Kuwait is in the 49th rank among 109 business-lucrative states globally, says a leading entrepreneur. The Gulf country had lured $15.2 billion worth of accumulated assets for direct foreign investments till 2017, according to estimates by UNCTAD, the United Nations Conference on Trade and Development, said Fahad Al-Ibrahim, Director-General of the Arab Investment and Export Credit Guarantee Corporation (Dhaman). Moreover, it has succeeded in attracting 466 foreign companies since 2003 till last October.
They have executed 387 enterprises at a cost estimated at $13 billion, he said, noting that 205 Kuwaiti companies invested $80 billion, during the same period, in 500 ventures worldwide. Kuwait, an active state in commerce, trades in commodities and services, also according to UNCTAD, at a proportion of 95 percent of the gross domestic product, with commodity trade accounting to 73 percent of the GDP.
It posted surplus in commodity trade, exceeding $21 billion, with exports worth $55 billion and imports at $34 billion in 2017, added the corporation director general in an exclusive interview with Kuwait News Agency (KUNA). Oil constitutes approximately 80 percent of Kuwait’s overall commodity exports. Commerce with Arab countries some 15 percent of the external commodity trade.
The commodity exports accounted to 46 percent of the national product, after the latter’s growth by 18.7 percent in 2017. Manufactured products accounted to 7.8 percent of the total commodity exports, with an average export per capita estimated at $978 per annum.
With respect of Arab states, Al-Ibrahim said the corporation has recently observed demand increase for insurance concerning mega infrastructural ventures in some troubled Arab countries, thus forecasting hike in funding and insurance – concluding that the corporation may have an opportunity for “playing a larger role” in these countries.
Dhaman has observed some improvement in the investment environments in the Arab countries, since the ’80s, he says, however their share in the inflow of direct foreign investments, globally, has not exceeded 3.5 percent, between 2000 and 2017. Value of Arab commodity commerce and services reached $2.1 trillion in 2017, five percent of the global trade.
The Arab region used to benefit from the commodity trade, with a surplus in exports, as compared to imports, however, this glut turned into deficit due to the oil prices’ decline – for the crude oil accounts to 58 percent of the Arab commodity exports.
“Regretfully, all Arab states incur deficit in the industrial products’ trade, exporting products worth $234 billion, less than two percent of the global industrial products worldwide,” Al- Irabim elaborates. Although the inter-Arab trade grew to $108 billion per annum, it remained less than 15 percent of the total external Arab trade.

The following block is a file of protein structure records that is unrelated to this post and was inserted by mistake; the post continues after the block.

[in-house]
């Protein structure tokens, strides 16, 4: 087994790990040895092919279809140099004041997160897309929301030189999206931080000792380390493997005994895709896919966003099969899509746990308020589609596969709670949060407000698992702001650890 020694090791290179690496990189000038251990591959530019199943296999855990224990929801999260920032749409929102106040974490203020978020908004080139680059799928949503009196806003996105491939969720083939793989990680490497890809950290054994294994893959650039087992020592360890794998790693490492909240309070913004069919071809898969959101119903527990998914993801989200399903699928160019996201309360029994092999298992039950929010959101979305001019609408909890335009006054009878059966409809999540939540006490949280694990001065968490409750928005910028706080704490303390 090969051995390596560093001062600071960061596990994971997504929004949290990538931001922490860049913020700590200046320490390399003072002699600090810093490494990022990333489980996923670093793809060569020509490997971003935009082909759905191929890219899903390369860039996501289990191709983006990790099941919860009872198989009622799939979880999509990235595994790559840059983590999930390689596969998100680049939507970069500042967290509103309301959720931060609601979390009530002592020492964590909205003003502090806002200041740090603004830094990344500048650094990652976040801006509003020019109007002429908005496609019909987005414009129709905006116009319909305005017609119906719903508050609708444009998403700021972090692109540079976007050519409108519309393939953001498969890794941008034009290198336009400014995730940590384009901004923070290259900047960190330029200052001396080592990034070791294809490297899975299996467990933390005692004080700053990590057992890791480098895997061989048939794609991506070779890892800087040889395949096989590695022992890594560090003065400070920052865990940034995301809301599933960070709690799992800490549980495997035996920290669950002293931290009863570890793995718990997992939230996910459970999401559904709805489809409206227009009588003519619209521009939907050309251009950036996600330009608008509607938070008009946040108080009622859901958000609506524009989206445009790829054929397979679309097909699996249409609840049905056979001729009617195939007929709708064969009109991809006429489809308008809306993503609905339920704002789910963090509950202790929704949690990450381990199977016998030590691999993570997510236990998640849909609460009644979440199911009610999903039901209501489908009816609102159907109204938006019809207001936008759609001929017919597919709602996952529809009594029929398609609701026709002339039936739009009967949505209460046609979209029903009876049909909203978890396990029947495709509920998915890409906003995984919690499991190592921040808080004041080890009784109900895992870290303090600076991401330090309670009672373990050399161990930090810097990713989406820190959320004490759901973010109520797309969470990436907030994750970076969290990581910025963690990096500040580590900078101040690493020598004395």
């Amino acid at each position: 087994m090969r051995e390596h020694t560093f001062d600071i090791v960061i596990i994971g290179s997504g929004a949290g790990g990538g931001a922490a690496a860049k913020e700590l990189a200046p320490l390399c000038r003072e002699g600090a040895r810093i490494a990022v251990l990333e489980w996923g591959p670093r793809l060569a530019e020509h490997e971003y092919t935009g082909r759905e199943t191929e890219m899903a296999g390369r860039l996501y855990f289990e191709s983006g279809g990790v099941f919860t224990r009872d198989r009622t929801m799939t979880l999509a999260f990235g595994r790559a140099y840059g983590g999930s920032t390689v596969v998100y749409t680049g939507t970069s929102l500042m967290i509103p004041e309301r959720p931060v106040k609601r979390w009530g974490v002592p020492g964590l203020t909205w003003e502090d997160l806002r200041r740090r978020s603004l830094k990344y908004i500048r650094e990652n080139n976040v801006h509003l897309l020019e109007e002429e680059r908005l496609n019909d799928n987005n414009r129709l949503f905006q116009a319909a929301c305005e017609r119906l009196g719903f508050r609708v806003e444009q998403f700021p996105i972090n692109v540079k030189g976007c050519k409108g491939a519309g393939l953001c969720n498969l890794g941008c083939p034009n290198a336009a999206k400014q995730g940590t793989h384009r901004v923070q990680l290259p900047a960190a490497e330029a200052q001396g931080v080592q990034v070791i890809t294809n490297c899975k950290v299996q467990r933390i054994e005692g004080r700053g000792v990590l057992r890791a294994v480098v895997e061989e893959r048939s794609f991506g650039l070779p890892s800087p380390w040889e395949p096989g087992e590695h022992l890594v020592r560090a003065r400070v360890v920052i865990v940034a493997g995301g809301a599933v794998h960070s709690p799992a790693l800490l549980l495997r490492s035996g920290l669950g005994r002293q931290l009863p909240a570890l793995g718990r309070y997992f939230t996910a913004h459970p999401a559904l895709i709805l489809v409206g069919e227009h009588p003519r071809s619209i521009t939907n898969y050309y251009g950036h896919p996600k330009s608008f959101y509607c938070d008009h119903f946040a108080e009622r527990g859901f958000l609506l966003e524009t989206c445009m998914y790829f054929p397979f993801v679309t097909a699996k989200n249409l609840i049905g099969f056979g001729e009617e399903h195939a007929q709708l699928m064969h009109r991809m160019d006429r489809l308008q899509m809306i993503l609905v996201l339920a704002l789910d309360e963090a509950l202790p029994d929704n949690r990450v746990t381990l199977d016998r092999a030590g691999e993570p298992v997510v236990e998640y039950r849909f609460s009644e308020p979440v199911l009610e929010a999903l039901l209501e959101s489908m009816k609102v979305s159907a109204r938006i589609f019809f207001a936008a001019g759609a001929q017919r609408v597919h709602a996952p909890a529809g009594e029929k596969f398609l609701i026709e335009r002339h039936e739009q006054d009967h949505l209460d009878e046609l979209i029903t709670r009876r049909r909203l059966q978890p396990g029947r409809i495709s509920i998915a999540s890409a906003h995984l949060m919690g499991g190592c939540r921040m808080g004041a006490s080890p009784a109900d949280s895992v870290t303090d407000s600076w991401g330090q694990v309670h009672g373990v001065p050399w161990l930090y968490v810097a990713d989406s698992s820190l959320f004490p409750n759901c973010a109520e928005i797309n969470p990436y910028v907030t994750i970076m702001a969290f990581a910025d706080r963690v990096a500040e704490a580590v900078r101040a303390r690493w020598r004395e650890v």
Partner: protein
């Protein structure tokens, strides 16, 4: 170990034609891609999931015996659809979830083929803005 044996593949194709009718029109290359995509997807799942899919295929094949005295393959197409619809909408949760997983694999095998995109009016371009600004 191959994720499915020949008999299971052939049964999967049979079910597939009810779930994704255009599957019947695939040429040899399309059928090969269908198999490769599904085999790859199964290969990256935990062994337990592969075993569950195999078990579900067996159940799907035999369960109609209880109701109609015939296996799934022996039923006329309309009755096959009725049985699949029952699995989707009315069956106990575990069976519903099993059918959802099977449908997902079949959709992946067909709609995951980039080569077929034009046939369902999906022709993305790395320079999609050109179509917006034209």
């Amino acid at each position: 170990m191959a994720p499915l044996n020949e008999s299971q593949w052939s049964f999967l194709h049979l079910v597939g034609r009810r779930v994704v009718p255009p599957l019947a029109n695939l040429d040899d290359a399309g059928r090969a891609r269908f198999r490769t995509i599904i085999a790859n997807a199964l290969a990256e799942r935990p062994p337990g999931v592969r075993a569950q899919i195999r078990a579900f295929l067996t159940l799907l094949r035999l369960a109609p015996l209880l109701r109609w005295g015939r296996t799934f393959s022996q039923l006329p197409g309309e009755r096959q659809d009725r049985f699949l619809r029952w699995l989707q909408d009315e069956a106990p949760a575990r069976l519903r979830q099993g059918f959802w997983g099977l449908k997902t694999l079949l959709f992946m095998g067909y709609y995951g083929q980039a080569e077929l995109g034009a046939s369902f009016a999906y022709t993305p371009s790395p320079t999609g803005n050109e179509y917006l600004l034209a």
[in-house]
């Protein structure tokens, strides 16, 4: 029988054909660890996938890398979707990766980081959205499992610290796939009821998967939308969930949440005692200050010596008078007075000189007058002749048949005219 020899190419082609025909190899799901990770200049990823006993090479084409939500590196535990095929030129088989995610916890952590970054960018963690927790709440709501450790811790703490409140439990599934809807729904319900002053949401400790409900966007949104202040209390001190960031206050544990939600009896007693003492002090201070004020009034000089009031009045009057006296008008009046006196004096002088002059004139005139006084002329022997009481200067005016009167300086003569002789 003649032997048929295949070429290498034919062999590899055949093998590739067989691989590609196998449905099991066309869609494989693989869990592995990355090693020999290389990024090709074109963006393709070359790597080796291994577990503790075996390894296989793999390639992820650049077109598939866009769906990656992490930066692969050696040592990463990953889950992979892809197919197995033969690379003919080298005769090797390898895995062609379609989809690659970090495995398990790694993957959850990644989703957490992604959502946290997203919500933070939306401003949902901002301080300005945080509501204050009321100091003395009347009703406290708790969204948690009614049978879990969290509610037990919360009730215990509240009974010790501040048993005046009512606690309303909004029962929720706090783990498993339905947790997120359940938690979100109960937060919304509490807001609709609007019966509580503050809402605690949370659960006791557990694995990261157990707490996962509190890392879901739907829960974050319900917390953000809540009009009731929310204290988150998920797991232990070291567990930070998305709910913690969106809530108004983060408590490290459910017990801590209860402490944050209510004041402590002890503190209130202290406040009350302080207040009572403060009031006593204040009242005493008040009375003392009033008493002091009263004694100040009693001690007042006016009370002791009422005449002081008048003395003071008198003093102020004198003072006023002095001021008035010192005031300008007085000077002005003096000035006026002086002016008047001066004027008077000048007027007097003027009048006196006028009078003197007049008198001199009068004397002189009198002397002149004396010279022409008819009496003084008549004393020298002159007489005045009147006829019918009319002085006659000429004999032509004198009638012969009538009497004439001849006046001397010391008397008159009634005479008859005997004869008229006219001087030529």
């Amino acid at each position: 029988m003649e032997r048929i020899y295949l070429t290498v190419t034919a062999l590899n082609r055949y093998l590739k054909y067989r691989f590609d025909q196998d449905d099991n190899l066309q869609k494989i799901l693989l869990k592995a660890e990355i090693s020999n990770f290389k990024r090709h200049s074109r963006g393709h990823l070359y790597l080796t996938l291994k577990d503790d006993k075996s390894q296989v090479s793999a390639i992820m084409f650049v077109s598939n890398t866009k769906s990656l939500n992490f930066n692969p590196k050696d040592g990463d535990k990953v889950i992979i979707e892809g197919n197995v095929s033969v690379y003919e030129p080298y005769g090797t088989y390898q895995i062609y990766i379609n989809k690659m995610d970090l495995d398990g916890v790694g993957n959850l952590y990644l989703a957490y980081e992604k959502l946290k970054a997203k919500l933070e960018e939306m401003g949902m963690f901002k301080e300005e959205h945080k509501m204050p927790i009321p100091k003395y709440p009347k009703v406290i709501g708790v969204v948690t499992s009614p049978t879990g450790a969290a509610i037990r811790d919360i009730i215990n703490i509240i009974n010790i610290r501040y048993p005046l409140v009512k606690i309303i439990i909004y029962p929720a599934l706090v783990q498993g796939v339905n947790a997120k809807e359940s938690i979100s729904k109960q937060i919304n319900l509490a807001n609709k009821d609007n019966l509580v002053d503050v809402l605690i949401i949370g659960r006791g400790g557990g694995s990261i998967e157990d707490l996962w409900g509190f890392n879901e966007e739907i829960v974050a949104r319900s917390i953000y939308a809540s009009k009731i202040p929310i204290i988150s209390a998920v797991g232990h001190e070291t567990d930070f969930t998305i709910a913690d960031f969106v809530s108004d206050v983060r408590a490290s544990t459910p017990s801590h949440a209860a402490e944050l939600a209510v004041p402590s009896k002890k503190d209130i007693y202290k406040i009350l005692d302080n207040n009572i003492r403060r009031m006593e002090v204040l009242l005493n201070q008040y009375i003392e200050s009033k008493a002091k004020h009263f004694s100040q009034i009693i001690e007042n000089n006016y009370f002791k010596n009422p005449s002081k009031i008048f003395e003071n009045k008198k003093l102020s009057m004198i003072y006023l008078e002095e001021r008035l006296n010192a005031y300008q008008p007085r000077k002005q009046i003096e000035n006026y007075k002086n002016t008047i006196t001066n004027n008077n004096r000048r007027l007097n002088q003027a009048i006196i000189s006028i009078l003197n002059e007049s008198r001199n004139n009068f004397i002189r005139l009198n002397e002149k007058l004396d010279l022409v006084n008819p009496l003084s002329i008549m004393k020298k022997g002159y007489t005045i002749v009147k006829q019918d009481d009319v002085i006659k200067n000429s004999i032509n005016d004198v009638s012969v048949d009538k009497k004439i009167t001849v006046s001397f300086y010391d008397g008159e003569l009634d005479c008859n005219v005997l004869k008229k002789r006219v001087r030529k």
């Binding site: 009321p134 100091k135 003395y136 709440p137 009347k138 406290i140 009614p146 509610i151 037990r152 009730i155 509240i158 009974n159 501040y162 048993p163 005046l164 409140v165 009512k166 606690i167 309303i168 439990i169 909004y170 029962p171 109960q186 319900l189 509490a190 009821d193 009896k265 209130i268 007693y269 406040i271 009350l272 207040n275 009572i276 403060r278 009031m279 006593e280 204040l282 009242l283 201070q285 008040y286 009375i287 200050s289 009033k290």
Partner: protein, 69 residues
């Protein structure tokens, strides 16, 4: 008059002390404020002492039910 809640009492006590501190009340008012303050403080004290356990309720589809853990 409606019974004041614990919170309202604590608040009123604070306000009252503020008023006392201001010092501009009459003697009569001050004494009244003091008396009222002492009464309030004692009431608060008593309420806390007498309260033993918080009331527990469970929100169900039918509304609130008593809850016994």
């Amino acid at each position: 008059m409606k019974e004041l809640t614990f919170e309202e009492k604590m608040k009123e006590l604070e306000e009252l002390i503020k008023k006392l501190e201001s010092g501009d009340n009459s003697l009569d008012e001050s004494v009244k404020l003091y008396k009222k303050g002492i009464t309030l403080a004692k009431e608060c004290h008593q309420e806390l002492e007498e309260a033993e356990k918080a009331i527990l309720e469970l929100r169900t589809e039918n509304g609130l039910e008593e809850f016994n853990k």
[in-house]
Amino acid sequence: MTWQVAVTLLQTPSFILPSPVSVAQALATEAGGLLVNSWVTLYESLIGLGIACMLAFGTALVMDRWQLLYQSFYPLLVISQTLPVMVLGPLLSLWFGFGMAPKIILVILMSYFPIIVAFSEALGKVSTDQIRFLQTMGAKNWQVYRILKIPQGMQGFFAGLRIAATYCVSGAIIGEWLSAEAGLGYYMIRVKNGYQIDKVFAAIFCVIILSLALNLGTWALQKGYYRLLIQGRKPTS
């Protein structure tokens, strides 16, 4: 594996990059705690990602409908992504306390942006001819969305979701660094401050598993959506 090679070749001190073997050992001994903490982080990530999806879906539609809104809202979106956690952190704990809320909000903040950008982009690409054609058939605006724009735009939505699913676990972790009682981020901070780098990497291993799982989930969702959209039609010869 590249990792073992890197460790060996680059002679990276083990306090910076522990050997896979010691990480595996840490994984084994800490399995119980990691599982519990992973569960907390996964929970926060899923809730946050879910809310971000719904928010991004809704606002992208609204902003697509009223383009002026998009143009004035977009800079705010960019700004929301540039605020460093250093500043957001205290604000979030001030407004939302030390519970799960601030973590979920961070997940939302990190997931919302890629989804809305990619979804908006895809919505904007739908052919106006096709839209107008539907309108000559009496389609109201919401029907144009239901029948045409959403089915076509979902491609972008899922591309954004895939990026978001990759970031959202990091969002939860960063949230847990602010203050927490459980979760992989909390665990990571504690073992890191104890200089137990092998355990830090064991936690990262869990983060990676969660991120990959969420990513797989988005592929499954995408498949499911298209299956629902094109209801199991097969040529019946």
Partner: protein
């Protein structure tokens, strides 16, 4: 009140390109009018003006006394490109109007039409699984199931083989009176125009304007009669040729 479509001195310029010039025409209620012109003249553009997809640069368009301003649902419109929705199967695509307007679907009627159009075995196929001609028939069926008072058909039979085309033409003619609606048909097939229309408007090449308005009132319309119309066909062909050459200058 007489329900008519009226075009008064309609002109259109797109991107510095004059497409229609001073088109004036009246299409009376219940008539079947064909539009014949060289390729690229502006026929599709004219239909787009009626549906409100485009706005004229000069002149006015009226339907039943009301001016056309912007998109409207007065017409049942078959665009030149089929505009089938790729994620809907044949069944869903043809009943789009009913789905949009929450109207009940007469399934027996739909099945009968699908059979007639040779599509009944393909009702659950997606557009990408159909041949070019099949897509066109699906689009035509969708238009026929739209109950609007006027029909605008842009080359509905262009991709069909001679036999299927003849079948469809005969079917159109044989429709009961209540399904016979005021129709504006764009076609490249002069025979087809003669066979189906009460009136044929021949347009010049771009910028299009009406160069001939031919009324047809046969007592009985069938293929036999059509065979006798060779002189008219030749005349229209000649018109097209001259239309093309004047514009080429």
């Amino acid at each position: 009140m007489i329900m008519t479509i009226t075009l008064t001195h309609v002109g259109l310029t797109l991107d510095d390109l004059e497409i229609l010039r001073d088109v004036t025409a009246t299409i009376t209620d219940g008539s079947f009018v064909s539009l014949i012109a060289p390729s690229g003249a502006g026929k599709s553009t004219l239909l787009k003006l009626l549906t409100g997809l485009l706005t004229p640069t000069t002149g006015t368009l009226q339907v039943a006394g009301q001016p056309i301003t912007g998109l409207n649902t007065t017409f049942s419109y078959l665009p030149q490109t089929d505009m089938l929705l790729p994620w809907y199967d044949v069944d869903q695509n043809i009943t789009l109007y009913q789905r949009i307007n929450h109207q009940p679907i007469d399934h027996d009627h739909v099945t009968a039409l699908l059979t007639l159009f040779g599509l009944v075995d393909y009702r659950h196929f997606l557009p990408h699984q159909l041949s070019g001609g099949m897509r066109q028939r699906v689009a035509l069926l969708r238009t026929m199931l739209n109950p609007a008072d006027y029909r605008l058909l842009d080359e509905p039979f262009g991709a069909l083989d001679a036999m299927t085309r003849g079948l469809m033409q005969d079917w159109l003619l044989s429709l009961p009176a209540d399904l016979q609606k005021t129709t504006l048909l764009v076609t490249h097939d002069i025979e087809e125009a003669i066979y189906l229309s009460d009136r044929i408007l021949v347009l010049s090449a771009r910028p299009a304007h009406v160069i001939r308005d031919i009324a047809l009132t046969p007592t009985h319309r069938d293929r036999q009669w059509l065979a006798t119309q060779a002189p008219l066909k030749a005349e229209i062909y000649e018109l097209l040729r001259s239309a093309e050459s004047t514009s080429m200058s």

Moreover, two thirds of the inter-Arab trade is actually among the Gulf countries. Economies of the Gulf countries continue to hinge on the oil prices and production, as the crude has remained accounting to 58 percent of the region exports and more than 60 percent of the governments’ income – higher by 35 percent of the national product.
Elaborating further, Al-Ibrahim believes that instability and security concern remain a common worry for the Arab countries, opining that development schemes have been implemented at a slow pace. Likewise, the case with the income diversification strategies, in addition to a chain of other factors, namely decline of scientific research, education, human development, low productivity, weak production and exportation in the non-oil sectors. As to Dhaman’s activities, Al-Ibrahim says it has insured a number of enterprises in Arab countries, namely in agriculture, transport, cement, medicine, pharmaceuticals, communication, tourism, oil and energy.
The corporation, with 575 accredited banks throughout the world, has launched operations worth $11.2 billion since 2011, at an annual rate of $1.4 billion, some 60 percent of the accumulated assets since its establishment in 1974 – worth $18.6 billion, 25 percent of which for insuring investments and 75 percent as exports’ credits.
It has paid compensations estimated at $175 million for exporters and entrepreneurs as well as Arab banks. Dhaman was founded in 1974 as an Arab authority, owned by Arab governments and four financial authorities headquartered in Kuwait.
It encourages Arab and foreign investments in the Arab countries by insurance coverage against non-commercial hazards for investors, Arab and foreign financiers
SOURCE : ARABTIMES